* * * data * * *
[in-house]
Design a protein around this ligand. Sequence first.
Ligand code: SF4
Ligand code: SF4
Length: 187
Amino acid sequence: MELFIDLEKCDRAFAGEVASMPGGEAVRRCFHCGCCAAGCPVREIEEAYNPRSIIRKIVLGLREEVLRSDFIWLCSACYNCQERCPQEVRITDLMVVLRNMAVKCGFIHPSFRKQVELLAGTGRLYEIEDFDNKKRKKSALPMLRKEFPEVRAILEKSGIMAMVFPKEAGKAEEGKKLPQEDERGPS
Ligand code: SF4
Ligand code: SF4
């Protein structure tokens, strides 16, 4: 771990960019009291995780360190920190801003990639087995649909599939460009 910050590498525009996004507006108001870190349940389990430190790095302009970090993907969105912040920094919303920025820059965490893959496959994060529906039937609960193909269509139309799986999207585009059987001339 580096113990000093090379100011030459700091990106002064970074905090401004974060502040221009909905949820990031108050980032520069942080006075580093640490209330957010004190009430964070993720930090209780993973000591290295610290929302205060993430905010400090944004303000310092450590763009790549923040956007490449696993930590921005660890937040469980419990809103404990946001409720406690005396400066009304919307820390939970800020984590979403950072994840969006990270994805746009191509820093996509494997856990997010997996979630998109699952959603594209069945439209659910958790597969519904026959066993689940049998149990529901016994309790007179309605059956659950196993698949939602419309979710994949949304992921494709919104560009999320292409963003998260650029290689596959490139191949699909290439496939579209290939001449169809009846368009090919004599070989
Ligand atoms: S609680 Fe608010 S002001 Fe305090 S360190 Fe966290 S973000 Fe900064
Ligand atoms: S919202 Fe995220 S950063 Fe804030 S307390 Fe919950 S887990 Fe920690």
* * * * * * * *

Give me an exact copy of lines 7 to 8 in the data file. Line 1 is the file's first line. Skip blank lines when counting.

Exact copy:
Ligand code: SF4
Ligand code: SF4